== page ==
“That’s part of how we protect patients from infection and patients coming into hospitals are often vulnerable,” Murthy told CNN’s “New Day.” “I think that’s a very reasonable thing for hospitals to do.”

Romney: ‘A huge human cost’

When the last miles of the vaccine drive are difficult enough, complications posed by politics are the last thing the public health officials need as they try to prevent needless deaths.
“This is primarily a pandemic of the unvaccinated, and we need to be very clear about that message,” Dr. Chris Pernell, a fellow of the American College of Preventive Medicine who is a public health physician and health equity advocate, told CNN.
Some leading Washington politicians expressed disbelief on Tuesday at the failure of many Republican voters to get vaccinated.
Sen. Mitt Romney of Utah said there had been a “huge human cost to have made vaccinations political.”
“After all, President Trump and his supporters take credit for developing the vaccine,” he said. “Why the heck won’t they take advantage of the vaccine that they received plaudits for having developed it?”
The views of Senate Republican Minority Leader Mitch McConnell are shaped by his bout with one of the most feared diseases in children, poliomyelitis, which has since been eradicated by vaccines.
“I’m a huge fan of vaccinations,” McConnell said. “If you’re a football fan, we’re in the red zone but we’re not in the end zone yet, and we need to keep preaching that getting the vaccine is important.”
McConnell would not be drawn, however, on the question of whether the misinformation spouted by colleagues like Wisconsin Sen. Ron Johnson has something to do with suspicion of vaccines among some GOP base voters.
Trump’s ex-Surgeon General Dr. Jerome Adams said Biden could help fight Republican vaccine skepticism by lessening his criticism of his predecessor.
“I am calling on President Biden to stop blaming everything that happened in the pandemic on Trump,” Adams told CNN’s Wolf Blitzer, defending his former boss’ mishandling of a crisis that the ex-President said would simply “go away” and during which he trashed his own government’s guidance multiple times. Adams was one of those experts who Trump often ignored during his time in office, but the former surgeon general has been a frequent presence in the media in recent months defending his former boss and criticizing Biden and his Covid team for a myriad of reasons.
Adams also called on Trump — who has celebrated his own role in the development of the vaccines but has done little to persuade his supporters to take it — and other Republicans to do more to do more to win over holdouts.
“God has given us a miracle, a true miracle,” he said. “But salvation is only available to those people who accept it.”
Given the hyper politicizing of the pandemic, it’s unlikely that Biden’s pleas to the unvaccinated will have a huge impact, especially since his speeches are rarely covered on conservative media networks.
For many Americans it’s too late, as the Delta variant of coronavirus sweeps through unvaccinated populations, especially in the South. The agony of patients who chose not to get vaccinated but wish too late that they could change their minds is a heavy burden for health care providers.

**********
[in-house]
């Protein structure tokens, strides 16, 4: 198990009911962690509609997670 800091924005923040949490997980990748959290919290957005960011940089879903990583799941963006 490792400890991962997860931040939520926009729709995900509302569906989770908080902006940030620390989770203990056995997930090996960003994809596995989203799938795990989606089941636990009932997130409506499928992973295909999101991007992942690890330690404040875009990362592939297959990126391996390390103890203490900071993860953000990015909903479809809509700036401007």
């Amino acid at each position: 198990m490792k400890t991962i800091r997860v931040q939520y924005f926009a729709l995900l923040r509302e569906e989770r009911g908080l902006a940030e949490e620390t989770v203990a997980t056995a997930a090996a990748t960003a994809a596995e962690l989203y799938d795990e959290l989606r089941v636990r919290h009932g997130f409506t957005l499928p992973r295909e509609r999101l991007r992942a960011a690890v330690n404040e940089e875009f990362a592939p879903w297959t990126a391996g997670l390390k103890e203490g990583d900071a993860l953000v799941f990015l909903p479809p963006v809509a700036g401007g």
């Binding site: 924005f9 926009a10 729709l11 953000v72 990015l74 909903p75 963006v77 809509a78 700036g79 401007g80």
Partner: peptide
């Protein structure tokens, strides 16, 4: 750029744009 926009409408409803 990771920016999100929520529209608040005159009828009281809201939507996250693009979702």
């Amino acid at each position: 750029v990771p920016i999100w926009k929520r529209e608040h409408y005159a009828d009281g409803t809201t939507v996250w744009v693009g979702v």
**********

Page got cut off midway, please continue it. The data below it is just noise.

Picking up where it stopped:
“Most of the patients I see are regretful that they didn’t get vaccinated,” Missouri emergency physician Dr. Christopher Morrison told CNN’s Jake Tapper on Monday.
“I’m not there to wag a finger at them at that point, when people are that sick,” Morrison said. But he added: “When people are that sick, they wish they had done anything they could to avoid being that sick.”

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Analysis | How to reverse the politics of coronavirus vaccines, as demonstrated by Fox News – The Washington Post

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One underrecognized aspect of American politics is that most of the people who voted for Donald Trump last year live in states that cast more votes for Joe Biden. At a county level, that’s not true; most Trump voters live in counties that voted for Trump. But not by much: About 45 percent of Trump voters live in counties that preferred Biden.

Why? Well, because a lot of people live in big cities, and big cities are often heavily Democratic. While 55 percent of Republicans live in counties that voted for Trump, 55 percent also live in the 300-odd places that are the most heavily populated 10 percent of counties in the United States. (More than three-quarters of Democrats live in those counties; as a corollary, about 73 percent of Democrats live in counties won by Biden.)

The point is straightforward: Places with more people have more people. This is not what one would call a staggering insight, but it’s worth reiterating since people tend to think of heavily populated places as overwhelmingly Democratic. In fact, the most populous counties in the country are less robustly Democratic than the least populous ones are Republican. The 623 least populous counties preferred Trump by 46 points. The 623 most populous counties preferred Biden by less than one-third of that margin.